NAFTA 2.0: Access to Medicines

One of the goals of this blog has been to facilitate an understanding of the backlash against the global trading system.  That system is characterized by a broad set of rules that are complex — opaque, even — with which few are familiar, even many of those staunchly defending the status quo.  An improved understanding…

NAFTA 2.0: The Environment Chapter

Although the Trump Administration is no friend of environmental groups, the current U.S. Trade Representative has, as we have noted before, enforced environmental provisions under the U.S-Peru trade agreement.  In that context, it is not as surprising as it might otherwise be that the NAFTA 2.0 environmental chapter contains new, positive provisions. However, on the whole,…

NAFTA 2.0: The Labor Chapter

To those outside the trade world, it might seem like a foregone conclusion that the Trump Administration’s renegotiation of NAFTA would contain provisions hostile to, rather than supportive of, organized labor.  However, trade has been the anomaly in this Administration.  As we have pointed out before, the President has consistently borrowed Democratic talking points on…

NAFTA 2.0: On Sunsets

NAFTA 2.0 includes what many consider a novel provision:  a sunset clause.  That is, the agreement will terminate in 16 years unless all three parties agree to extend it. When the United States first proposed the concept of a sunset for the agreement, the reaction was to treat it akin to heresy.  A disagreement between…

Trade Promotion Authority: Is it Binding?

With the conclusion of the NAFTA renegotiation, the next step in the United States is Congressional consideration.  The assumption is that the agreement will be considered pursuant to Trade Promotion Authority (TPA), and there are some questions as to whether the Administration has complied with TPA.  For example, TPA requires consultations with members “upon request,”…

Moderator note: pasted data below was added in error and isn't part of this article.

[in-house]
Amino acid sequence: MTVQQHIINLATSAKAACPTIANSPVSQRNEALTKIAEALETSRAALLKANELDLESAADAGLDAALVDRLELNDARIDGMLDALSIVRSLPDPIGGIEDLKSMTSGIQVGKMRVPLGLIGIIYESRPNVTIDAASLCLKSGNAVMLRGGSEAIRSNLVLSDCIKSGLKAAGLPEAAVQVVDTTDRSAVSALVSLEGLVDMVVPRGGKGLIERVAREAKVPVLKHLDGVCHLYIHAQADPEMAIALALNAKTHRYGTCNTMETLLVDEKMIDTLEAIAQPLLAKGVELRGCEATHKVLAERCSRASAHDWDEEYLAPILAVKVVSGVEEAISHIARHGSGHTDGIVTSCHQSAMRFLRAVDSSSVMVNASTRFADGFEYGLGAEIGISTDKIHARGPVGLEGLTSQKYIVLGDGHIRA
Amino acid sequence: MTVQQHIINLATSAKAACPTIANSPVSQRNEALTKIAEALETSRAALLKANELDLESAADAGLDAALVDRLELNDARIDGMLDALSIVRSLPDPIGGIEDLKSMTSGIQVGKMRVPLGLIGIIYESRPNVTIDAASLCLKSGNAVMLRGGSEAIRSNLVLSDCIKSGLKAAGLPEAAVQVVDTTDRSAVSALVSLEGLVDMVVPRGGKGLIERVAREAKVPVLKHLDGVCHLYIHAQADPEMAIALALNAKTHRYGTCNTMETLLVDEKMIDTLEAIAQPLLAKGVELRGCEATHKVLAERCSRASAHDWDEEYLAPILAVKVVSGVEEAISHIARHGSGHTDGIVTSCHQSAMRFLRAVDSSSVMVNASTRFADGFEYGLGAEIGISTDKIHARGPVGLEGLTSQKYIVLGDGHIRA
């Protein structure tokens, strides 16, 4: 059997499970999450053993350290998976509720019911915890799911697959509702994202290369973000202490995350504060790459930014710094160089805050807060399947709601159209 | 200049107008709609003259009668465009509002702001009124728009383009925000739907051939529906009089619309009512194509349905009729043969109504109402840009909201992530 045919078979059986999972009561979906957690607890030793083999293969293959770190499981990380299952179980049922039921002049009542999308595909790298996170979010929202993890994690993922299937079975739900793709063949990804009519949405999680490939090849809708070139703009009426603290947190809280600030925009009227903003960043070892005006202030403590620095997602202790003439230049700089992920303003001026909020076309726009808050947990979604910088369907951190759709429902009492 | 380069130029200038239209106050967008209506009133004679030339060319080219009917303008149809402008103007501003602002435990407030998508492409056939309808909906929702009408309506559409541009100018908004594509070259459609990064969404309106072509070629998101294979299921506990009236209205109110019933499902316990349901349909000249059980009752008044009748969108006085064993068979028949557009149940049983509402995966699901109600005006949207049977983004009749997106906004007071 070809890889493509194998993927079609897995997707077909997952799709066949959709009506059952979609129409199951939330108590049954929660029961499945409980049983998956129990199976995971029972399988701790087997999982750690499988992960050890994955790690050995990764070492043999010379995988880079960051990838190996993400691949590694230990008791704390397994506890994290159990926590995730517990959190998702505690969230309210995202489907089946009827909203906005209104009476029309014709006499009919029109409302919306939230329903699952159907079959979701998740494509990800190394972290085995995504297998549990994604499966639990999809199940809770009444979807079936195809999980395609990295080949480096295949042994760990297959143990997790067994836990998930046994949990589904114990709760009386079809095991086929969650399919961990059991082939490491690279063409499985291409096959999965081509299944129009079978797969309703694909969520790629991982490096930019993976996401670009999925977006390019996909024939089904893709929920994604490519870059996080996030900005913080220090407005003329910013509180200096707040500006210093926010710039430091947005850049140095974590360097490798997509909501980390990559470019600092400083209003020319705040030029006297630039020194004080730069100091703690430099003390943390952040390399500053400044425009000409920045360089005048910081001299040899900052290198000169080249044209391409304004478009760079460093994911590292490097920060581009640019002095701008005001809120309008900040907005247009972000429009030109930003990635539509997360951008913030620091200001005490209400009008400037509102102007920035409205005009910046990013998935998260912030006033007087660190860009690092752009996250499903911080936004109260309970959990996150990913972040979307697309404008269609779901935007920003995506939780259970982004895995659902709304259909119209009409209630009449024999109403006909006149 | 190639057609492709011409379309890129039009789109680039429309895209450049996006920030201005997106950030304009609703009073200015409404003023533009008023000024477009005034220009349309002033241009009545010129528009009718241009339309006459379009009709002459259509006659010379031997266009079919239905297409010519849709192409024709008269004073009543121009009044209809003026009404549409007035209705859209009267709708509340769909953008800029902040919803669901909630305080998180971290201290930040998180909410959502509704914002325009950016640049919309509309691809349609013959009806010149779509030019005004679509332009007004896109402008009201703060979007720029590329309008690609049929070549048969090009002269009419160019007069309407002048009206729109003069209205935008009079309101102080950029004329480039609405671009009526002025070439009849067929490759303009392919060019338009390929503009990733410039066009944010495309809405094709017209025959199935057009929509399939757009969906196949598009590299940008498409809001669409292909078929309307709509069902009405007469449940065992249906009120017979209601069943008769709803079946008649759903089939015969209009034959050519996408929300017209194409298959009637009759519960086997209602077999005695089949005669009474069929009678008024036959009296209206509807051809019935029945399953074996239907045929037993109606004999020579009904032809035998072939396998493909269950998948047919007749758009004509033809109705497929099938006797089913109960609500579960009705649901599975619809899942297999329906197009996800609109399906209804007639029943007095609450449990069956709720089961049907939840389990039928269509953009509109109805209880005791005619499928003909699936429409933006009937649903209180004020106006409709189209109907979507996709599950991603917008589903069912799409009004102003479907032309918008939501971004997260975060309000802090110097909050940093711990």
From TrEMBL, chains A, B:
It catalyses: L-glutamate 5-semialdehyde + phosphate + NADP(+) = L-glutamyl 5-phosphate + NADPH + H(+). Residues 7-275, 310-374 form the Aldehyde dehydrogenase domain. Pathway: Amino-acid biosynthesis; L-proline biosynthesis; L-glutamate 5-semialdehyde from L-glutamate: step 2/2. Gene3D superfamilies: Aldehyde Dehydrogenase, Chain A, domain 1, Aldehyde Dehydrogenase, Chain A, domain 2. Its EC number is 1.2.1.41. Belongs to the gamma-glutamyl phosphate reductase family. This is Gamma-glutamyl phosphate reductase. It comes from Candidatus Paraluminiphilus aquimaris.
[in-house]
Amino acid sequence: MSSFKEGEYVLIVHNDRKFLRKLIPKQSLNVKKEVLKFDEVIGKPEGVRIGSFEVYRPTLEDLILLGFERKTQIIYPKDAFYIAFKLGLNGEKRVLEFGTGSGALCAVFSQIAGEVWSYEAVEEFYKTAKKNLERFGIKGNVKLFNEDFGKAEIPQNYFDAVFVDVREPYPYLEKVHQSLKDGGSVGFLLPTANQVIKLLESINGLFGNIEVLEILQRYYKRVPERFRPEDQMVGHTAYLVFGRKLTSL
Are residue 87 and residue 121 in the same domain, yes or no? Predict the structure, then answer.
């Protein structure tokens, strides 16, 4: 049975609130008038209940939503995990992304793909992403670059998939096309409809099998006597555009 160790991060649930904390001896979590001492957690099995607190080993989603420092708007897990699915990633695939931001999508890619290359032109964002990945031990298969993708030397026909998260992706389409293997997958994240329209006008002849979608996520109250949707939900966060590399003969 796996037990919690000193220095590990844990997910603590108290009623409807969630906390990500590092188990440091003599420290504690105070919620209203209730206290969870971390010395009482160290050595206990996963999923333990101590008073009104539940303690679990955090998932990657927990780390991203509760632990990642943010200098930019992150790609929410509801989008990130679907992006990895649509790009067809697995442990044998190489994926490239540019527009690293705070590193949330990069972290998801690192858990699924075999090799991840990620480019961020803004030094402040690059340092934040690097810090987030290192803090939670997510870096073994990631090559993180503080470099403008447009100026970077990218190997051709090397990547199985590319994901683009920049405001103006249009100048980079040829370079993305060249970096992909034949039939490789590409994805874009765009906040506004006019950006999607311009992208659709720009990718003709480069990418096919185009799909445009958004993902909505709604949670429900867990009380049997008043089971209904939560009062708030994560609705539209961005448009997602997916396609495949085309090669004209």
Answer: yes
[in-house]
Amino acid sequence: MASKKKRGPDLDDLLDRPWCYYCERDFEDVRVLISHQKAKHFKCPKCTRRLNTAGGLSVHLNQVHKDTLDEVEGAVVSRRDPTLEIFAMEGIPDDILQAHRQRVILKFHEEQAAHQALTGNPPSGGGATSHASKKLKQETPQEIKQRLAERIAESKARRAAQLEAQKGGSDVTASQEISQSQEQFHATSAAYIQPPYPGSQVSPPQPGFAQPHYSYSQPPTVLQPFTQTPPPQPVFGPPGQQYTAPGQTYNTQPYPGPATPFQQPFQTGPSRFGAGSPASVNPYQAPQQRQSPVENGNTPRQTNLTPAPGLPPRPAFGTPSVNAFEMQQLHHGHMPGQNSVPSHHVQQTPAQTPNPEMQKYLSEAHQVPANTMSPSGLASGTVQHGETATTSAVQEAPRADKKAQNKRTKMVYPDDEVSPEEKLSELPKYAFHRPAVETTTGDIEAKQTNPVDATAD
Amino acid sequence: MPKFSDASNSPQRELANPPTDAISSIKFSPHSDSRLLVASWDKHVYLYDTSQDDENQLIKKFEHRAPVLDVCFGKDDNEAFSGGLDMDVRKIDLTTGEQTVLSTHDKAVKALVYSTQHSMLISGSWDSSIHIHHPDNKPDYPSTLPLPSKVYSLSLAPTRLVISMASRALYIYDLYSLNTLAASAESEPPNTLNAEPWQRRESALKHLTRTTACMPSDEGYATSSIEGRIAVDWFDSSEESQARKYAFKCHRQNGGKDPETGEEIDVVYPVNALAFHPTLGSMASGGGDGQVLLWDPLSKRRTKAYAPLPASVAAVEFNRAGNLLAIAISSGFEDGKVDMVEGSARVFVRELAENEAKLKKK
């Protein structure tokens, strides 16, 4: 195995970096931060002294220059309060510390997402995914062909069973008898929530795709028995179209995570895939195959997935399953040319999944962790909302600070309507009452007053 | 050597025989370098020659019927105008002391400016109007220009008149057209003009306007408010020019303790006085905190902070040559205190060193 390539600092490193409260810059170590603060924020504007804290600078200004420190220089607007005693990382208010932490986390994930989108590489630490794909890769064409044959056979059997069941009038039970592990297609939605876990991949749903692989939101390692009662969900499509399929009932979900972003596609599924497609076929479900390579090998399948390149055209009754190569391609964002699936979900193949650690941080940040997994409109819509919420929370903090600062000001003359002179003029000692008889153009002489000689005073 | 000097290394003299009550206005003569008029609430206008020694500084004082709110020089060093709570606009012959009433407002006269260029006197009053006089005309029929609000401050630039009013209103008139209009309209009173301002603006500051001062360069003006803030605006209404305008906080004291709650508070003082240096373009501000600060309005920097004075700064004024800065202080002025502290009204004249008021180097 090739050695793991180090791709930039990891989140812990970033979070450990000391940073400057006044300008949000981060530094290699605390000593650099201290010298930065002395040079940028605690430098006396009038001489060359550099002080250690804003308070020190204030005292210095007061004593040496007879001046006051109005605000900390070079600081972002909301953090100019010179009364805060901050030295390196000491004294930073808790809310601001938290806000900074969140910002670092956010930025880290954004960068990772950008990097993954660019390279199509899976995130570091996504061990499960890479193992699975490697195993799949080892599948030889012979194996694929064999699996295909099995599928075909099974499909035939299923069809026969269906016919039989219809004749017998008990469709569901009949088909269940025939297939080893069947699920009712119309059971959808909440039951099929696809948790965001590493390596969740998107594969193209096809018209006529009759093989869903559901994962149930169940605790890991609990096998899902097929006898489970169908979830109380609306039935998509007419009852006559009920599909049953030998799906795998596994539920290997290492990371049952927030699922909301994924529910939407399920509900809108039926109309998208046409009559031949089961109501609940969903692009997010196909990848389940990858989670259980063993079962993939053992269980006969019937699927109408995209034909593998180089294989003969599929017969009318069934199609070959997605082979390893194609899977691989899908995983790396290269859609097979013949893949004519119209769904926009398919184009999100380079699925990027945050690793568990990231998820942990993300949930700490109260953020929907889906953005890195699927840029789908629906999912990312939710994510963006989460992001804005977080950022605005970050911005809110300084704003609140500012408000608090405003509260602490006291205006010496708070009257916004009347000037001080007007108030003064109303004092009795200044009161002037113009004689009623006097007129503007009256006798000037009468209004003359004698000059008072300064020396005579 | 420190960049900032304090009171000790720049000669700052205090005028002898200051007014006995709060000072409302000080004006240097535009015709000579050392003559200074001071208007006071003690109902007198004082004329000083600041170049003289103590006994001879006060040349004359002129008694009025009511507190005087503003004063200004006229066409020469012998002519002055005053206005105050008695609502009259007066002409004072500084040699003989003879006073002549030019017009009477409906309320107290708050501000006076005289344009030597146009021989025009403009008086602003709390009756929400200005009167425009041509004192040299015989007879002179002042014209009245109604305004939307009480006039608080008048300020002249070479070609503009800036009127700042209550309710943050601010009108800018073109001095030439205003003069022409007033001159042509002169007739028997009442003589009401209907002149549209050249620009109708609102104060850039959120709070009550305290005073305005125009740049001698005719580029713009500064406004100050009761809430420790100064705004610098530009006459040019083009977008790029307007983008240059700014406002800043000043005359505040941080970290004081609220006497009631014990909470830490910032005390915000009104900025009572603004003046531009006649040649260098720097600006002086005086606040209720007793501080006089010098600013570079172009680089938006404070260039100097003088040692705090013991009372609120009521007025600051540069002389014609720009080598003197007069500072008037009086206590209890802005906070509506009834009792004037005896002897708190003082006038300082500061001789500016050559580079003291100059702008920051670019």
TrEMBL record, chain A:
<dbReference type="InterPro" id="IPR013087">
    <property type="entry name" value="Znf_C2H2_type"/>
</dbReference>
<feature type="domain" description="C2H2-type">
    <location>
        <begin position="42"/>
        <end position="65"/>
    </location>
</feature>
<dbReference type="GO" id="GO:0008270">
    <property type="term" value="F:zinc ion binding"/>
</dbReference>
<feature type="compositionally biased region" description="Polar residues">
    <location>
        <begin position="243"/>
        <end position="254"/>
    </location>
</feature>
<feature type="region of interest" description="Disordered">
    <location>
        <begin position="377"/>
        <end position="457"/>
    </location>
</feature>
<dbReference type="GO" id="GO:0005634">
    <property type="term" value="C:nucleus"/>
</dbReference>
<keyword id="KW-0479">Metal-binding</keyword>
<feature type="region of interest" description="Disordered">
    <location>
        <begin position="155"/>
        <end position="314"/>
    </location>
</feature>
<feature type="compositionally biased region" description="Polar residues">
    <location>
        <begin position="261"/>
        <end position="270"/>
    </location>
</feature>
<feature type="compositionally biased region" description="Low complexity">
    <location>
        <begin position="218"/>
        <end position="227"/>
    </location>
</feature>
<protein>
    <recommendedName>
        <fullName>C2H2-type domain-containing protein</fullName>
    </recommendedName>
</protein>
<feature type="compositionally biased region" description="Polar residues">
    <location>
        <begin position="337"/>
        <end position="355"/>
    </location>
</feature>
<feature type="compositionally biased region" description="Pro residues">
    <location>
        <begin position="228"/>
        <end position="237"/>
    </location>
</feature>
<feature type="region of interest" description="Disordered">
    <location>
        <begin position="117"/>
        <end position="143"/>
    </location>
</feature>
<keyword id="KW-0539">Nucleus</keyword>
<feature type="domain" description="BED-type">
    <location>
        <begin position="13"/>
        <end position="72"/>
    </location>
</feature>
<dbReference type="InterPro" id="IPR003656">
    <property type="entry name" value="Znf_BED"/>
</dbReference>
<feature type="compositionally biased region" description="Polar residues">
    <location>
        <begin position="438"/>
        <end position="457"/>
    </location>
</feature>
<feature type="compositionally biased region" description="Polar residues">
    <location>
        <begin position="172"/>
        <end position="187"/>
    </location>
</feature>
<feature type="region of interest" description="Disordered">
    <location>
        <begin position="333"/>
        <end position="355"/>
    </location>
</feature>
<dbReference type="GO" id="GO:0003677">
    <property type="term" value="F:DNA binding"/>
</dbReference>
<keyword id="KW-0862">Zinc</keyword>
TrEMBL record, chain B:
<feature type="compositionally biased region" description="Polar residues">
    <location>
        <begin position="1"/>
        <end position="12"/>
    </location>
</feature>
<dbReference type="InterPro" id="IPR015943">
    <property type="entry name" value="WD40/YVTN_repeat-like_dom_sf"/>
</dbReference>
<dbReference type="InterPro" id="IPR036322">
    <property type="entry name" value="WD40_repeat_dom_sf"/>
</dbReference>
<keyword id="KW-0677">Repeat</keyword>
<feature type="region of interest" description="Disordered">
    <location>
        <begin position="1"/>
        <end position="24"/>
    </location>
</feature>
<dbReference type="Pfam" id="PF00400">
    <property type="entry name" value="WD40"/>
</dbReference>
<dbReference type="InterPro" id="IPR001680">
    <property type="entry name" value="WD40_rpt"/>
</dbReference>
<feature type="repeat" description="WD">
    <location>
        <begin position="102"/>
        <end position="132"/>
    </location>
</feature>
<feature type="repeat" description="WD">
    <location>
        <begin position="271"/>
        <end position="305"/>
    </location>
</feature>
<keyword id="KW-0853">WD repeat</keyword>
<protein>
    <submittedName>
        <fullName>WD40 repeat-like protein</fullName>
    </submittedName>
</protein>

Getting Rid of the “Sophie’s Choice” Between American Agriculture and American Manufacturing

As the Trump Administration continues to borrow the Democratic message that globalization has left American manufacturing workers behind, some of our trade partners have chosen to retaliate by targeting American agricultural workers.  As we rightly focus on whether our farmers will be hurt, however, it is important to recall the degree to which our trade agreements…

The Mad Dash to Deem Trade Agreements “Progressive”

2018 seems to be the year of the Progressive trade agreement.  The Trans-Pacific Partnership has been renamed the “Comprehensive and Progressive Agreement for Trans-Pacific Partnership” (CPTPP).  Canada has floated proposals in the NAFTA renegotiation that it has advertised as progressive. Why? Populists in 2016 reminded us that trade agreements are inherently not progressive.  Economic theory…